There's been an interesting debate burbling under the surface the past few weeks over whether the Obama reelection team faces a condundrum in deciding to frame Mitt Romney primarily as a flip-flopper or as the standard-bearer for an extremist Republican Party. I'll walk through the debate before explaining why I think Chicago does face a messaging choice if Romney is the nominee, but of a different sort.
Ramesh Ponnuru got things kicked off early this month with a Business Week column that laid out the Obama campaign's early attacks on Romney as "lacking a core" but then went on to predict that the campaign would eventually shift to painting Romney as an extremist instead:
If Romney is that nominee, attacking his flip-flops will be a tempting strategy. Democrats could portray him as weak, untrustworthy and phony -- to suggest, as Plouffe did, that Romney is no leader. President George W. Bush used John Kerry’s flip-flops in just that way in 2004, and Kerry had fewer of them than Romney does.
But there’s another line of attack that will also be tempting: that Romney will govern as a right-wing extremist. That he yearns to dismantle environmental protections, slash Medicare and Social Security, ban abortion, and do the bidding of big business.
Obama can’t get both of these messages across simultaneously. He can’t make voters fear Romney’s positions while also telling them he is liable to change them whenever they prove unpopular. So he is going to have to choose which attack to make central to his campaign.
They will probably drop Plouffe’s line of criticism and go with the extremist charge, for three reasons. The first is that it packs more punch. Voters may well find a flip-flopper preferable to a failure. Republican attacks on Bill Clinton’s ideological flexibility may have reduced people’s respect for him, but they also sent the reassuring message that he wasn’t a dangerous zealot. Arguing that Romney has an extreme agenda, on the other hand, won’t give him a similar advantage with swing voters.
Second, the attack on Republicans as right-wing extremists is what the base of the Democratic Party wants to hear. They think Republicans are a bunch of ultraconservative lunatics; they want their leaders to say so; and they will be frustrated if they don’t. Catering to this desire will help Obama and his team keep the base motivated to vote.
Third, full Republican control of the government will be a possible result of the 2012 elections. If Republicans take the presidency, they are likely also to keep the House of Representatives and to win a majority in the Senate. If a Supreme Court vacancy materializes, they may well give the conservative bloc a clear majority that no longer depends on the swing vote of Justice Anthony Kennedy.
David Frum picked up on this line in a tweet yesterday: "How does DNC hope to sell idea BOTH that Romney believes in nothing AND that he's an extreme right-winger?" Which prompted Steve Benen to make the case that there is in fact less of a contradiction between the two frames than was being portrayed. First, he noted that in 2004, Republicans managed to cast Kerry both as a flip-flopper and as overly liberal. But then he went on to a broader point, that Democrats would be able to conceptually link the flip-flopper and extremist frame in the case of Romney:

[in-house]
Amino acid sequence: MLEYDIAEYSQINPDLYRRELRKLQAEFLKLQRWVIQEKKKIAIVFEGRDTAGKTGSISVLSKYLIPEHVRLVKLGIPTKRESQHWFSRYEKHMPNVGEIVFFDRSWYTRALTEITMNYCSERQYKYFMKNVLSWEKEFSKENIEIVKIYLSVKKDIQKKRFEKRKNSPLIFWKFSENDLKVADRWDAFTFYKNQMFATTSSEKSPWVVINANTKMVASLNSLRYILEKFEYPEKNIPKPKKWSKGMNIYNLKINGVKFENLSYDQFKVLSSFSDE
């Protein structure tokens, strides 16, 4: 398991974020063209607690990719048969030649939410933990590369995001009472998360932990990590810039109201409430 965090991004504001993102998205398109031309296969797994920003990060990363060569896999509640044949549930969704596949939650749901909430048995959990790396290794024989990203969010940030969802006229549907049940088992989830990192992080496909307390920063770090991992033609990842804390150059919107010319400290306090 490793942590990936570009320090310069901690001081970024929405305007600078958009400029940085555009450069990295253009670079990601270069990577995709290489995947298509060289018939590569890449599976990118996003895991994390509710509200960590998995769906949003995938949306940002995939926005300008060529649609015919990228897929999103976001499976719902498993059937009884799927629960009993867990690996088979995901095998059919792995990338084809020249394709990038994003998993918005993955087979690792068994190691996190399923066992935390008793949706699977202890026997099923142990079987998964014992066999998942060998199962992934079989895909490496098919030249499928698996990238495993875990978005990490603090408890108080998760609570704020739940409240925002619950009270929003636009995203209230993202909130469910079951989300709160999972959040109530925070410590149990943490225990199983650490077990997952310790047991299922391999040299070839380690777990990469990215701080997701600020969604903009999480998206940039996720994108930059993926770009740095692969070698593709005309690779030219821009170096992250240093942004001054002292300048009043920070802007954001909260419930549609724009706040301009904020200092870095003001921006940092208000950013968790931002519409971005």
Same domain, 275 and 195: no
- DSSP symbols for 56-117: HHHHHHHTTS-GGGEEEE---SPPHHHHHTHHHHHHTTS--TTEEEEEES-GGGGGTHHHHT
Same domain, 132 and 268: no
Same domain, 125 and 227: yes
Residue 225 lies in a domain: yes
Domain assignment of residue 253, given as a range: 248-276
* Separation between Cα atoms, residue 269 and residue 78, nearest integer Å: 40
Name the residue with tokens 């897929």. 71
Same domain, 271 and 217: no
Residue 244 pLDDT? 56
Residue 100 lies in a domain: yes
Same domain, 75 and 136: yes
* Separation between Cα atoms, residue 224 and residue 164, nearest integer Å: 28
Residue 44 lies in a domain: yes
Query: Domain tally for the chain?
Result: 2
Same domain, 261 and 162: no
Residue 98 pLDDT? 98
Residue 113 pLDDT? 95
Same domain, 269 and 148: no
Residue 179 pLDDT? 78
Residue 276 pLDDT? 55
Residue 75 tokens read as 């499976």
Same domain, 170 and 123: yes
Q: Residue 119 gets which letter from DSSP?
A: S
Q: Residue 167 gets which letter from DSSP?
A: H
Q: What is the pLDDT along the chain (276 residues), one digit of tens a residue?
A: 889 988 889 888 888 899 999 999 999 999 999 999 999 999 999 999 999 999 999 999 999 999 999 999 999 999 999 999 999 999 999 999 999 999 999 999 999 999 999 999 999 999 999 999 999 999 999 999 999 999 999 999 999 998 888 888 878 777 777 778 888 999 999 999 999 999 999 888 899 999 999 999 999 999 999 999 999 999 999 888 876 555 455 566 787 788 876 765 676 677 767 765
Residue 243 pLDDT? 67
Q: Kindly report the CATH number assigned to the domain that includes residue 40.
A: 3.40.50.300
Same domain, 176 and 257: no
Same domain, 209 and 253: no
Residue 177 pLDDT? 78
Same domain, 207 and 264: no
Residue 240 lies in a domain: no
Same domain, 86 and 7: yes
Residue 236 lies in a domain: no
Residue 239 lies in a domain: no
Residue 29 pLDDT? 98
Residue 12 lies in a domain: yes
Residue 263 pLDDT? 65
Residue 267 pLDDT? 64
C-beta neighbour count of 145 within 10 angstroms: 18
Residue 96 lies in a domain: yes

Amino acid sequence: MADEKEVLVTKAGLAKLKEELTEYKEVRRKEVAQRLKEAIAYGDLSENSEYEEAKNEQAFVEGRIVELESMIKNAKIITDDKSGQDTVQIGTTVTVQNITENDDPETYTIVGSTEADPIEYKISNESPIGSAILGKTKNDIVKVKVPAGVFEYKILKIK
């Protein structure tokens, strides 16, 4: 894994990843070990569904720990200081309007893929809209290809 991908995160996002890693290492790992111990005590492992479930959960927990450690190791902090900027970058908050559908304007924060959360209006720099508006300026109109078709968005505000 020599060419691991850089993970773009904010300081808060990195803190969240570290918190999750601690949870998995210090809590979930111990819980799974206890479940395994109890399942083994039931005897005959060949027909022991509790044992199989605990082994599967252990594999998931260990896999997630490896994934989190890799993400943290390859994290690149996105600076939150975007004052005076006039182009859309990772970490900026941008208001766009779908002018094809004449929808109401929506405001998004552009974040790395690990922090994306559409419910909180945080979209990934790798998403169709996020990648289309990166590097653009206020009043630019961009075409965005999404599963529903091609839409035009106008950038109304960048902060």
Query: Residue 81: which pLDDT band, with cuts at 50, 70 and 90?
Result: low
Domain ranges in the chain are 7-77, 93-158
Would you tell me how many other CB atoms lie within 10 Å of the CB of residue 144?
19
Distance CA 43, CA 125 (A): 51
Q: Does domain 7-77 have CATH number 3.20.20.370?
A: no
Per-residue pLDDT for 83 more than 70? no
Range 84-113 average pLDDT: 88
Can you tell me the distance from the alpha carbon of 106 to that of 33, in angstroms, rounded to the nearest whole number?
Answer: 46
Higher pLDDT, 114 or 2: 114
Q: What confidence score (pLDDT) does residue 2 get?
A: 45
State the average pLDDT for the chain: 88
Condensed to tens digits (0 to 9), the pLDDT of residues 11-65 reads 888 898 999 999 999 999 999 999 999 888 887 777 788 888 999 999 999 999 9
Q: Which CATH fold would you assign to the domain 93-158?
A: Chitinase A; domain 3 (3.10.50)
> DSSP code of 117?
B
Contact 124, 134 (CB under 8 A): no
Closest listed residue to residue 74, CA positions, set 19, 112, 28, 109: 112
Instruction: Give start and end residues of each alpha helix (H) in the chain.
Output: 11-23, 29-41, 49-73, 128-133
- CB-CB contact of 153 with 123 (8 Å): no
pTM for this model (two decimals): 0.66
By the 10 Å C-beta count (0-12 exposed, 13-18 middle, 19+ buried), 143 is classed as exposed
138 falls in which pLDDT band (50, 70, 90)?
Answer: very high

In this case, Dems really aren’t telling voters that Romney is “an extreme right-winger”; rather, they’re telling voters that Romney is taking extreme right-wing positions because he’s a craven, shallow politician who’ll say anything to get elected. The right-wing facade is just a persona, which is different from previous versions of Romney, and may well be different from future versions of Romney.
Frum may believe that Democrats will present Romney to voters as a loon who appeals to the Republicans’ unhinged base, but I don’t think that’ll be the Dems’ message at all.
Indeed, the focus on flip-flops is really just part of a far more important theme: trust, or in this case, the lack thereof. It’s about establishing a reputation for Romney, defining him by his weakness: the Republican candidate is a coward who’s afraid to lead, afraid to tell the truth, afraid of core principles, and afraid to be consistent. The point isn’t to make Romney out to be an extremist; the point is to make Romney out to be someone who is so lacking in a fundamental integrity, he’ll say anything to anyone to advance his ambitions, depending on how the winds are blowing at the time.
I agree with Steve on this. But I also think that this debate is overlooking the other potential frame for attacking Romney, as a plutocrat who made a quarter-billion or so in a business known for cold-hearted layoffs, who is showing no compunction about allying himself with the likes of Steve Schwarzman, and who personally benefits from a skewed tax system that, by some estimates, has his own millions taxed at no more than 15 percent. Even the conservative Union Leader of New Hampshire has noted that this attack packs punch in an era of the 1 percent versus the 99 percent. It would not be hard to imagine what the attacks would look like -- Ted Kennedy's team drew them up 17 years ago.
The plutocrat attack would not necessarily be in conceptual conflict with portraying Romney as a flip-flopper. But choices would still have to be made about which message to prioritize, which to use when and where. Presumably, the "lacking a core" frame is more potent now, as the Democrats seek to sow doubts about Romney among GOP voters. But that frame could become less productive during the general election, if, despite what Benen persuasively argues, it serves to reassure some independent voters that Romney will flip back to moderation in the White House. At that point, the plutocratic message could emerge as the more powerful one, especially in beleaguered battlegrounds like Ohio.
But that's just my armchair view. What do you all think?